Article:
Post 4/8 of #8weeksofmindfulness based on the Eight-fold path in Buddhism
With our world fast approaching the New Year in the hours to come, we will all be clutching our cell phones, laptops, tablets, fingertips poised for posting our statuses, tweets, or blog posts about our New Years Resolutions, how this one will be different, etc.
However different 2k15 may turn out to be, there is one thing that will inevitably remain the same: our continued connection to each other.
We will continue to be interdependent beings in 2015, whether we like it or not. We will still all continue to share this thing called human connection. We will share our stories and experiences with one another, and we will ultimately influence and impact each others lives, both directly and indirectly.
HAVING SAID THAT, Why not help to improve the quality of life for those around us?
While I don’t particularly believe in the significance of New Years resolutions, I do believe in goals: long-term, short-term, big and small. I constantly set little goals (and big goals) of not only things I would like to achieve, but also, things I would like to improve on physically, mentally/emotionally, spiritually.
If you are looking for some goals to discover a healthier, more positive version of yourself, or for a renewed outlook to start off the year with, a good place to start may be with examining your actions. Below are the five main aspects of Right Action from the eight-fold path the Buddha taught:
1) Respect life 2) Generosity 3) Avoid Physical misconduct 4) Loving speech and deep listening 5) Nourishment of your body
A little elaboration:
Focusing in on respecting all forms of life can allow us to appreciate the beauty and miracle that exists within all life forms. In this year we can remind ourselves to not take that for granted.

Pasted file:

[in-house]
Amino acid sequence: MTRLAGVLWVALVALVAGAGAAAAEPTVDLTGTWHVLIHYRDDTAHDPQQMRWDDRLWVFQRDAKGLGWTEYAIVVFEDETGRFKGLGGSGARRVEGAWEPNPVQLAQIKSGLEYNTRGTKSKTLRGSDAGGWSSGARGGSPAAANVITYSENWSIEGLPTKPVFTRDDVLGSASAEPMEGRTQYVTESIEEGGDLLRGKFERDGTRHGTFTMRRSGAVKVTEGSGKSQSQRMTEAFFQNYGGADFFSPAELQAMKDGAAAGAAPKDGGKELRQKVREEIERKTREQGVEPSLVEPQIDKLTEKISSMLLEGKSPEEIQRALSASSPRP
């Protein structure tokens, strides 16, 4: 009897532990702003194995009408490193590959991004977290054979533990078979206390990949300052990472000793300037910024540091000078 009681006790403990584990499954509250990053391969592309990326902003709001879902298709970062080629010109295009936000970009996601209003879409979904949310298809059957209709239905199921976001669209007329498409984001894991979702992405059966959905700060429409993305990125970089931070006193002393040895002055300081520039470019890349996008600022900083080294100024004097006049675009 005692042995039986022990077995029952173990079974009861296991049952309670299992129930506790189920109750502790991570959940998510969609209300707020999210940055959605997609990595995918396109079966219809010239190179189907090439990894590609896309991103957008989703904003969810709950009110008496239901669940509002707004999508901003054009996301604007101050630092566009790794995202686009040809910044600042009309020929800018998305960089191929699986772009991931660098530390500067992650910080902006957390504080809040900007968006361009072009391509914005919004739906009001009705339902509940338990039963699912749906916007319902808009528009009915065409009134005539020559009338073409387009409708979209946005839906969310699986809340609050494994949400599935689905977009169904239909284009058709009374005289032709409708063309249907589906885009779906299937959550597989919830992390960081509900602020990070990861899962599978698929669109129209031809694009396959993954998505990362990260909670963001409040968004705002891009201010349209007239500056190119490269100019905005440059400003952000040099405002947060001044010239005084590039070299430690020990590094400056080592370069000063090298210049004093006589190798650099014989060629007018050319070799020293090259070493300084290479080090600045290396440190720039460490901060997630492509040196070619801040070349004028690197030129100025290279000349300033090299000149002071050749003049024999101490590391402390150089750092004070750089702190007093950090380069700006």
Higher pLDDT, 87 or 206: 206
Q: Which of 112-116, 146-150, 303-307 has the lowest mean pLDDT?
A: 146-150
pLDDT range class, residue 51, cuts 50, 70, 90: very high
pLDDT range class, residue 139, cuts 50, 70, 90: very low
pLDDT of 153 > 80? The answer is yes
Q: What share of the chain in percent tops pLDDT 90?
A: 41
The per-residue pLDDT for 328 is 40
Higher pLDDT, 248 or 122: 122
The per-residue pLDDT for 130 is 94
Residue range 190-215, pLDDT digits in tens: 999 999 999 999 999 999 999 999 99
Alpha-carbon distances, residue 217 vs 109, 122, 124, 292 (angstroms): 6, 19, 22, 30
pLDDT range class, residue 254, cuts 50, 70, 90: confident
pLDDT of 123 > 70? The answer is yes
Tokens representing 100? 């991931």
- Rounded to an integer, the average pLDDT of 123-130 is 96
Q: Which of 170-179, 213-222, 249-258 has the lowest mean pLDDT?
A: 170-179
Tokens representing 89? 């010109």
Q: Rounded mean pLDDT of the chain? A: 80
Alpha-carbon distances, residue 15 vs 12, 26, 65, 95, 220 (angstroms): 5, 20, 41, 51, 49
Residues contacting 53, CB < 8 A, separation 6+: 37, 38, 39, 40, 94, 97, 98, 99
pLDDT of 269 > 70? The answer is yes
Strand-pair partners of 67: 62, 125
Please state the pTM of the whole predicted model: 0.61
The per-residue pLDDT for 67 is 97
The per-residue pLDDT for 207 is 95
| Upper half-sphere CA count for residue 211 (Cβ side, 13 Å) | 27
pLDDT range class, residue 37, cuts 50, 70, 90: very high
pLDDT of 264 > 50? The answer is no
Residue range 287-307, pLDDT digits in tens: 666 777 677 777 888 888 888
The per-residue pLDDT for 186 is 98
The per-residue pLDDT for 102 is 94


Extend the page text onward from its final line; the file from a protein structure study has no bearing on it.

We can be generous with our presence and effort towards others. By doing so, we demonstrate genuine compassion for others. We care for others, and perhaps, in turn, are cared for. We are unselfish in our actions. We can choose to make the happiness of others a priority before our own.
In the physical misconduct category, the Buddha primarily taught of the dangers of sexual misconduct, which are issues of attachment and desire. I would venture further to include all physical misconduct, to any form of violence, physical harm towards another being.
Next, We can choose to offer loving speech and to listen deeply to the people in our lives in order to better understand them, their concerns and needs, because, sometimes, all we really need is to be heard, really heard.
Lastly, we can focus on nourishing our bodies. We can choose to make healthier choices to take better care of ourselves (whatever that may mean for you, specifically). Maybe, it’s to finally stop smoking, to eat more vegetables, or stop binge eating junk foods and learn to eat them in moderation.
The Buddha sums up Right Action in a small section of the Dhammapada:
“Watching his speech, well restrained in mind, let a man never commit wrong with his body. Let a man keep these three roads of action clear, and he will achieve the way which is taught by the wise.”
The moral to this story is simply that we are allowed to take baby steps to our self-improvement. We need not make some elaborate, extreme resolution of how we are going to become radically different in the next few hours.
We can simply make a continuous, positive effort to improve our world, by allowing mindfulness and compassion into our hearts, minds and extending this into our actions and our interactions with others.
With that, I would like to wish you all the very happiest of New Years!
“The scent of flowers does not travel against the wind, nor that of sandalwood, or of Tagara and Mallika flowers; but the odor of good people travels even against the wind; A good man pervades every place.”